# Is there a formula to calculate all possible unique permutations of n elements over p positions?

Is there a formula to calculate all possible unique permutations of n elements over p positions?

Please imagine the following scenario: I have p positions (cells/spaces) to fill each with one element, let's have use letters as elements for example. I have n letters in total and there may be some duplicate ones among them but I know in advance how many unique letters I have, s, and how many duplicates I have for each letter (0 or more).

So, resuming the situation, we have:

p = number of positions (cells/spaces to be filled with one element each);

n = number of total elements available (we'll take letters);

s = number of single symbols (= the total number of elements not counting duplicated ones, so let's have S is the set containing these symbols, s is its cardinality: s=|S|);

Obvious rule here is:

n >= p >= 1


and

n >= s >= 1


('cause s is a sort of subset of the n elements without duplicates, n = s when there's no duplicated elements.)

Then we can have Oi, with i = 1...s, to know either the number of duplicates (0 <= Oi < n) -OR- instances (1 <= Oi <= n) of every S symbol (free choice on this, even I prefer the latter approach).

As a clarification case let's consider the letters that form the word "danicotra" and suppose we have 9 free spaces to fill with them. In this case we will have: p = 9, n = 9 and s = 8 (s is 8 because there are two "a" in "danicotra" so we have 9 elements (n) but only 8 single symbols (s) keeping the duplicate elements aside); the "symbols set" is S={d,a,n,i,c,o,t,r} and therefore we'll have the following 8 single symbols:

Symbol1 = "d"
Symbol2 = "a"
Symbol3 = "n"
Symbol4 = "i"
Symbol5 = "c"
Symbol6 = "o"
Symbol7 = "t"
Symbol8 = "r"


and Oi (with i = 1...8), if we count number of duplicates per symbol, like this:

O1=0
O2=1
O3=0
O4=0
O5=0
O6=0
O7=0
O8=0


or if we count number of instances per symbol (that is my favored), like this:

O1=1
O2=2
O3=1
O4=1
O5=1
O6=1
O7=1
O8=1


Ok, now that we took the above as sample case (and I described what p, n, s, S and Oi are like in this situation), let's get back to the question: is there a general formula I can apply to know the number of the possible unique(*) permutations with it?

(*) unique = I mean, 'cause I might happen having repetitions/duplicates if a same "symbol" is present more than once amongst the elements and I don't want to take 'em into account (see image below for example)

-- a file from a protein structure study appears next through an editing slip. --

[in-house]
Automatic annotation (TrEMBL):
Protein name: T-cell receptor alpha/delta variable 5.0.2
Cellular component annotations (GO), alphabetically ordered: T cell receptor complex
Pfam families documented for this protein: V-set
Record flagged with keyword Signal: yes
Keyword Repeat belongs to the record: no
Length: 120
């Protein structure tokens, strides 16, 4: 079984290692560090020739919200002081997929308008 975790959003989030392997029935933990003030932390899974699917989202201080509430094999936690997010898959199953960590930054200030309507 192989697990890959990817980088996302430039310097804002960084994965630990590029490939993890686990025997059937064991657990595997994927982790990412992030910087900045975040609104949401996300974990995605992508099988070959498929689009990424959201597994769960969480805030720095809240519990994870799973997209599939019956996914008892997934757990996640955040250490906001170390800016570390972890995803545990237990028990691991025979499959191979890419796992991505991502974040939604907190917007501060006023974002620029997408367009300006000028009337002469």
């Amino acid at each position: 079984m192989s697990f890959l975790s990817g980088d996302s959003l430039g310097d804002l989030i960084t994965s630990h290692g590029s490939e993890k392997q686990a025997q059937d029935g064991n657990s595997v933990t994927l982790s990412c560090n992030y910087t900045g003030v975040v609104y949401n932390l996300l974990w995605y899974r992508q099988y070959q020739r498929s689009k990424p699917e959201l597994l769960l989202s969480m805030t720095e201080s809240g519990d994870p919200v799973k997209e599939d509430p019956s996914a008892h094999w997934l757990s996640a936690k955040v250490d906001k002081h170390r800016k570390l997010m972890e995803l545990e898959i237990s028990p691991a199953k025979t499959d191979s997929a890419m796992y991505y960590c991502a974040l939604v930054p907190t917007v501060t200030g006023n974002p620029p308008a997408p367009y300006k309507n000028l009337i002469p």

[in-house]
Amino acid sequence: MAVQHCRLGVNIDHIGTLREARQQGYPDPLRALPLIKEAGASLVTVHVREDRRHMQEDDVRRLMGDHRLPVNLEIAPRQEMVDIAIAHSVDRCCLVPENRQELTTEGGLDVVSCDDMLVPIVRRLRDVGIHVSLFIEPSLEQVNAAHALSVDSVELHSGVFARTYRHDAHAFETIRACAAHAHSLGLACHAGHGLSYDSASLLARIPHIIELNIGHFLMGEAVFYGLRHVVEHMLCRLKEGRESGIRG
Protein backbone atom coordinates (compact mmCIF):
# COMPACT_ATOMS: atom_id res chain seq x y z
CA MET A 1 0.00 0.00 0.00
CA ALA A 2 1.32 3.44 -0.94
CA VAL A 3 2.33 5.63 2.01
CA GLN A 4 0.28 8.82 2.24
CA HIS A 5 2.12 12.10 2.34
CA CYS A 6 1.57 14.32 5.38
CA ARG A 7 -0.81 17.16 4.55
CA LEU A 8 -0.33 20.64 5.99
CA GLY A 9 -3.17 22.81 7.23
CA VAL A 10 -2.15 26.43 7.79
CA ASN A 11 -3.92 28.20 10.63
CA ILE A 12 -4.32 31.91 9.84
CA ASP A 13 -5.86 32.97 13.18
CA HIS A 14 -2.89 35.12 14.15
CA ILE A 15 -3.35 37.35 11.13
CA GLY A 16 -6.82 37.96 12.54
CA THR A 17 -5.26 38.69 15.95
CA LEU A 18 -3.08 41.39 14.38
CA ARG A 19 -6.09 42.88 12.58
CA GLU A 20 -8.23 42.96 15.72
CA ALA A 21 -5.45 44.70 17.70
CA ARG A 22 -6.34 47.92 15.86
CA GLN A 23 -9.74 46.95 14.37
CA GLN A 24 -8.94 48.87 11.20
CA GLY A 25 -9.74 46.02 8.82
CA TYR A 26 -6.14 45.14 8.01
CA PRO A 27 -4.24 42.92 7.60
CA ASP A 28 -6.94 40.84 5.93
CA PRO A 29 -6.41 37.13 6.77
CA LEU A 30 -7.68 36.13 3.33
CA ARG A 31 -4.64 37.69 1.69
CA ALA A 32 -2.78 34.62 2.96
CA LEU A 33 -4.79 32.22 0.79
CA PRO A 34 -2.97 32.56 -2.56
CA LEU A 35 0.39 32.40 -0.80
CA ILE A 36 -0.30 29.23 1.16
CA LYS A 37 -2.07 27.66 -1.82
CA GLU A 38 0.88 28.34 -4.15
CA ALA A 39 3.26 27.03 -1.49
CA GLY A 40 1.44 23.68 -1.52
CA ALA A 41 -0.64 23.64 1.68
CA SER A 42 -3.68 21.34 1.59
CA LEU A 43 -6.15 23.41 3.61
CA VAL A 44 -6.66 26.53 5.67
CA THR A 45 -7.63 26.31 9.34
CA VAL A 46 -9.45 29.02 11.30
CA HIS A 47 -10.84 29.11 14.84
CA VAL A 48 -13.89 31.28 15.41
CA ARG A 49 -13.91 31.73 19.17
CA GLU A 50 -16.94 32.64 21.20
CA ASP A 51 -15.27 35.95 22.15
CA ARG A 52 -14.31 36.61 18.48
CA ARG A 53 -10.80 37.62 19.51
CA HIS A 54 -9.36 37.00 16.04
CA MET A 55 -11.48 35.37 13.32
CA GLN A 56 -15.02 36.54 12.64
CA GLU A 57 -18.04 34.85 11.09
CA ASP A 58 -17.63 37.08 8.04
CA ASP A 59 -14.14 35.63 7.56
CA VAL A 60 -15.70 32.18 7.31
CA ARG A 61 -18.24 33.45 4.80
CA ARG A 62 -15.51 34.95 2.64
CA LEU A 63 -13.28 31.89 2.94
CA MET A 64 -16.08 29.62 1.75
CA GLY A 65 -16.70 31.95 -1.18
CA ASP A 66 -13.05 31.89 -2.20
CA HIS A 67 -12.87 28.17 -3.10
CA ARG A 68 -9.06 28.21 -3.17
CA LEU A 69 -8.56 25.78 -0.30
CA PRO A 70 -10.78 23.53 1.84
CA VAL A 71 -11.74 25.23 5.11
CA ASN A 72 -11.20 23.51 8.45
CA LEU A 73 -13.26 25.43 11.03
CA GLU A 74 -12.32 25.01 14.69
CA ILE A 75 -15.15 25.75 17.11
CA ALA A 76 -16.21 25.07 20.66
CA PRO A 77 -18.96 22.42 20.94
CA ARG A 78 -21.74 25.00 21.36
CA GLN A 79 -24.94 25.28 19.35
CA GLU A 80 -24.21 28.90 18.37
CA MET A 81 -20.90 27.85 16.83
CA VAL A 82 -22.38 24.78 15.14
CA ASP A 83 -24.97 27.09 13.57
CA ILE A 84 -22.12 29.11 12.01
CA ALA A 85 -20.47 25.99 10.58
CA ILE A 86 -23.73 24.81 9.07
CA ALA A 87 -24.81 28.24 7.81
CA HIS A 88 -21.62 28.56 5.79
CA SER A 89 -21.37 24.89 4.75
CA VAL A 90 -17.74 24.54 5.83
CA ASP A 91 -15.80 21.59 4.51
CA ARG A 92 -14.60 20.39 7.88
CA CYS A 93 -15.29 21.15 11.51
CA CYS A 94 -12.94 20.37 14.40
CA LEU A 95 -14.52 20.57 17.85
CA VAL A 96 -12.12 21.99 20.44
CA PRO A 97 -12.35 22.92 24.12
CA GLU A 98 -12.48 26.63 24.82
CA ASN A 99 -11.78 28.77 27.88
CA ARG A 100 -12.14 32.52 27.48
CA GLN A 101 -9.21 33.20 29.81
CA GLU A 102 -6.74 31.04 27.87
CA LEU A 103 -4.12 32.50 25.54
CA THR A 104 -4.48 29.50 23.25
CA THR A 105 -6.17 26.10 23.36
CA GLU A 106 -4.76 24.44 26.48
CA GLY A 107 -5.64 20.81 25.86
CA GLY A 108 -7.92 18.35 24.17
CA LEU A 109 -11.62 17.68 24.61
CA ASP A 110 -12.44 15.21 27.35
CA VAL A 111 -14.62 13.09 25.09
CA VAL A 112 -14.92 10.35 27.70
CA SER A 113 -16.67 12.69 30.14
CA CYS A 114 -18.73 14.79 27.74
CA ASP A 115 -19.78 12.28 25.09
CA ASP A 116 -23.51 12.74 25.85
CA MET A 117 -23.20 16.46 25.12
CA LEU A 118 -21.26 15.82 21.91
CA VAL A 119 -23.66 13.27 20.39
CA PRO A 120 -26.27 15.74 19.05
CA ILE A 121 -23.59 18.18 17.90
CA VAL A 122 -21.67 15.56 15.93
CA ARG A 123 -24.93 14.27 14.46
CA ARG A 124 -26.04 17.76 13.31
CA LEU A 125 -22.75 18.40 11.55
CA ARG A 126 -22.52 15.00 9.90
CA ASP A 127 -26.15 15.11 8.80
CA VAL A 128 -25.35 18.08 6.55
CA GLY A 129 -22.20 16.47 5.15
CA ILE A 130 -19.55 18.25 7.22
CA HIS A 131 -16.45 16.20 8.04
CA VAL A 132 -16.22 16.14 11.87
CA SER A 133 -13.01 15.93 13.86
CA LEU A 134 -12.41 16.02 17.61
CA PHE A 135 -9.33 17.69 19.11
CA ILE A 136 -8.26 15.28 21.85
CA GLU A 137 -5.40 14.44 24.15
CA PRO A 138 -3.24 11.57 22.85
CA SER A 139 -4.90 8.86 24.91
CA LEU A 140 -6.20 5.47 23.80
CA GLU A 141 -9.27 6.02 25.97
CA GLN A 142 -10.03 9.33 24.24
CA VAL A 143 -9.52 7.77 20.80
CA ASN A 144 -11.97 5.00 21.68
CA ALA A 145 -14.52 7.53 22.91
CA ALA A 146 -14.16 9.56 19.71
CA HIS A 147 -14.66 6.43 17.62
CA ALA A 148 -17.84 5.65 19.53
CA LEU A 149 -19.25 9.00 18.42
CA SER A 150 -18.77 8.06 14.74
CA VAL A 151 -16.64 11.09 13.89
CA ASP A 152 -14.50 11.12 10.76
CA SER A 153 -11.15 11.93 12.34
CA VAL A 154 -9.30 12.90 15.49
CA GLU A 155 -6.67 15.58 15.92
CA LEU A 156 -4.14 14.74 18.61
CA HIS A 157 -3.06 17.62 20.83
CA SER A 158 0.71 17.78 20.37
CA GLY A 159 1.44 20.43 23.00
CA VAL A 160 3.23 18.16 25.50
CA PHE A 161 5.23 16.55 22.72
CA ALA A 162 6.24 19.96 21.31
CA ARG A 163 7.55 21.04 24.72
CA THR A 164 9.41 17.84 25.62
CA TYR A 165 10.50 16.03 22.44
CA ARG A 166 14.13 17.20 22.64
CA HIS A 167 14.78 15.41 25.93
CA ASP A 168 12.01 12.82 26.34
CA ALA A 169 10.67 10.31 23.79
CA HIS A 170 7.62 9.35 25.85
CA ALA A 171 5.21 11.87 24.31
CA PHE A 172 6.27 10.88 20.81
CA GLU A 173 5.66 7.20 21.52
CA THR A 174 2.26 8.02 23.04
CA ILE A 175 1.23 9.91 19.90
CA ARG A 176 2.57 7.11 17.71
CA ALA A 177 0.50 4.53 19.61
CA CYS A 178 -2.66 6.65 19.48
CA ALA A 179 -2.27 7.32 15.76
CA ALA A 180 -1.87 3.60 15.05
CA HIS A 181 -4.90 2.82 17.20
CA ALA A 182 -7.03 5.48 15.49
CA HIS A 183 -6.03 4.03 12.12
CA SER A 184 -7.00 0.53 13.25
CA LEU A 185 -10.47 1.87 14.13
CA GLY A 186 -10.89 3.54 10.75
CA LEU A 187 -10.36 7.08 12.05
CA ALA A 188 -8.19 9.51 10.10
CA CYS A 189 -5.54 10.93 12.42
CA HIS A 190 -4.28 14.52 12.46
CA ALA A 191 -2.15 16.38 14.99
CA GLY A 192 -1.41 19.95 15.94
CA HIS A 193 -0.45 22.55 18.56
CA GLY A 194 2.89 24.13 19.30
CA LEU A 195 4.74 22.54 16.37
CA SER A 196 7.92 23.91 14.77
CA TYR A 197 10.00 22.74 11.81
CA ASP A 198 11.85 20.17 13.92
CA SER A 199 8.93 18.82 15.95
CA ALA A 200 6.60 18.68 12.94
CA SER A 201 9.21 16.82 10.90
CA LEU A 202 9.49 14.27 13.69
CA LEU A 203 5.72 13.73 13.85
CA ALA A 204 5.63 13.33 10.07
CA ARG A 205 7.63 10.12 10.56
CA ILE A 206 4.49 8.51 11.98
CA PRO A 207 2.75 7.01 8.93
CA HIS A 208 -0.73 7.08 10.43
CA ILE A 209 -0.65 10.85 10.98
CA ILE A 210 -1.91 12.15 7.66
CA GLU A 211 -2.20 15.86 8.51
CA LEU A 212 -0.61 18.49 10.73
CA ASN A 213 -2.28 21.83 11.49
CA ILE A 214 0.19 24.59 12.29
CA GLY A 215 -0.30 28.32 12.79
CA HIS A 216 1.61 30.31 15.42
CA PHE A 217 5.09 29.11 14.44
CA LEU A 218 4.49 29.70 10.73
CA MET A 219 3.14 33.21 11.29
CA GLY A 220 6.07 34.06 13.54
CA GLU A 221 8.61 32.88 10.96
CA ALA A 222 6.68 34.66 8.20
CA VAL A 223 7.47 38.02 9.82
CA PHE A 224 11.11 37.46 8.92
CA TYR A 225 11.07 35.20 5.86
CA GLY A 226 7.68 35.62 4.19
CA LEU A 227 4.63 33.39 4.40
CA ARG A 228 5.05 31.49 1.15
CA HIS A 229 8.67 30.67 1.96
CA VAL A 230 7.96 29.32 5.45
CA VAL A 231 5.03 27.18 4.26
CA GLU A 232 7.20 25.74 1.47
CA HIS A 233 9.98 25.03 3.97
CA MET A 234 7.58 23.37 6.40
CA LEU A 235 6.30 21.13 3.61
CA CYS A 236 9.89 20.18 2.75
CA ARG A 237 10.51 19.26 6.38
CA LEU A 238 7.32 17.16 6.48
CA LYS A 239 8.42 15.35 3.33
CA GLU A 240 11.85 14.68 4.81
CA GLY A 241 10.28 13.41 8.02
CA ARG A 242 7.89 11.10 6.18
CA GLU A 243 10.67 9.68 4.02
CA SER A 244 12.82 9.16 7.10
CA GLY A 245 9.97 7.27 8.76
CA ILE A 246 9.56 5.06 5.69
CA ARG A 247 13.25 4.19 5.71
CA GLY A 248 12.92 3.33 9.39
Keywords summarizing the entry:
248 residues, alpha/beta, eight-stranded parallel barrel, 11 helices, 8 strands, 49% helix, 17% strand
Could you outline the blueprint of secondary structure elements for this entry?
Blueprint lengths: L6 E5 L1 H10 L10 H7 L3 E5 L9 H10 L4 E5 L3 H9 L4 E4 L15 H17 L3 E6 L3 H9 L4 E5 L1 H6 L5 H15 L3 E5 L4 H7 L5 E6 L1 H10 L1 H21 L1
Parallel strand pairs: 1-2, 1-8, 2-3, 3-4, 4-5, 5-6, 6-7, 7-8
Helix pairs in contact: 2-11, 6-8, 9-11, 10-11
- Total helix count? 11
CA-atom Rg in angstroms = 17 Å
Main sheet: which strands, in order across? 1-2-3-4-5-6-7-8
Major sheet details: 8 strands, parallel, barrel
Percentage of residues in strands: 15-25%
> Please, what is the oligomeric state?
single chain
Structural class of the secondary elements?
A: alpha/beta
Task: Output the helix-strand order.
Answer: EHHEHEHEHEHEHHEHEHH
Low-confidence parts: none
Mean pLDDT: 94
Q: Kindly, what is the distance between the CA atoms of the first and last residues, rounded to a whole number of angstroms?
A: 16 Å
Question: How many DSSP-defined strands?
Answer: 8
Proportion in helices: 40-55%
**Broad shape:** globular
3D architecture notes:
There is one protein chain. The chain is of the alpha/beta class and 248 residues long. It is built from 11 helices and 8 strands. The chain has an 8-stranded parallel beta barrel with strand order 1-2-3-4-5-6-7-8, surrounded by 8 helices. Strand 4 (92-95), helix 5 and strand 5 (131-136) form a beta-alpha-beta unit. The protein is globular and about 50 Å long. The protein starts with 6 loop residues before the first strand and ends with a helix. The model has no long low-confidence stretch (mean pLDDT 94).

EDIT:

There's a general formula that works only "partially":

$$\frac{n!}{(n-p)! \ (\prod_{i=1}^s O_i!)}$$

BUT, as I just said, it only works "partially", that is:

• it gives correct results only if I have no duplicated symbols amongst n elements (n = s) OR when I have (n-1) <= p <= n,
• while it fails when I have duplicated elements amongst n symbols (1 <= s < n) AND I have 1 <= p < (n-1).

In other words, it works with the above example with the word "danicotra" just because I have 9 elements and 9 positions to fill (n = p) but if I need to calculate the same thing with, for instance, p = 7 ... that's the pain! :(

So far I'm still looking for the right formula, that works always.

Thanks for help

• My post at stats.stackexchange.com/a/415878/919 provides a general solution to this kind of problem.
– whuber
Commented Nov 1, 2019 at 17:27
• @whuber so far it sounds like a -spoiler alert- there's no general formula to calculate it, so you have to work it out "case by case"... Anyway I'll have a more careful reading to better understand, thanks! :) Commented Nov 2, 2019 at 13:53
• @whuber, I am pessimistic, that your general result helps here, since the calculation of $g_i$ in your formula is part of the problem and imho non-trivial. Could you provide an example for applying the formula with some non-trivial values of n, p, s and Oi? Commented Nov 2, 2019 at 14:22

I think a formula might be harder to describe than a simple algorithm.

You appear to characterize a multiset $$X = \{x_1^{k_1}, x_2^{k_2}, \ldots, x_s^{k_s}\}.$$ This notation refers to $$k_i$$ copies of the element $$x_i.$$ (Your number $$n$$ is the sum of the $$k_i.$$) I am going to order the elements of $$X$$ so that $$x_1$$ is followed by $$x_2$$ etc. (Such an ordering is not part of the usual notion of a multiset but will be useful for the analysis.)

Write $$\mathbf{k}=(k_1,k_2, \ldots, k_s).$$ For any natural number $$p,$$ let $$f(p,\mathbf{k})$$ be the number of permutations of length $$p$$ from $$X$$ (which clearly depends only on $$\mathbf{k}$$ and not on what the objects $$x_i$$ might be). That is, any such permutation $$\sigma = (\sigma_1, \sigma_2, \ldots, \sigma_p)$$ consists of elements of $$X,$$ with any $$x_i$$ appearing no more than $$k_i$$ times; and two such permutations $$\sigma$$ and $$\tau$$ are considered the same when $$\sigma_i=\tau_i$$ for all $$i.$$

Any such permutation has a re-ordering in which its first elements are $$x_1,$$ the next ones are $$x_2,$$ and so on. Let's call this a "sequenced" permutation. Let $$l_i$$ be the number of times $$x_i$$ appears (entailing $$0\le l_i \le k_i,$$ obviously, and the sum of the $$l_i$$ is $$p$$). (Considerations outlined in my post at https://stats.stackexchange.com/a/415878/919 make it clear that the number of such re-orderings is $$p!$$ divided by the product of all the $$l_i!$$. This justifies the last calculation in the function g defined below.)

We may therefore count all such permutations by enumerating sequenced permutations. These naturally fall into at most $$k_1+1$$ groups according to how many copies of $$x_1$$ appear in the permutation; namely $$l_1.$$ Once we know the elements of the permutation other than $$x_1$$ and their sequence within the permutation, the number of distinct possible positions for those copies of $$x_1$$ is the binomial coefficient $$\binom{p}{l_1}.$$

This yields the recursion

$$f(p,\mathbf{k}) = \sum_{i=0}^{\min(k_1,p)} \binom{p}{i}f(p-i, \mathbf{k}_{\hat 1})$$

where $$\mathbf{k}_{\hat 1} = (k_2, k_3, \ldots, k_s)$$ and $$s\gt 1,$$ with the base case

$$f(p, (k_s)) = \left\{\matrix{1 & \text{if }p\le k_s \\ 0 & \text{otherwise.}}\right.$$

The worst-case computational effort is proportional to the product of the $$(k_i+1).$$ Not good, but practicable for small multisets representing, say, words in natural languages.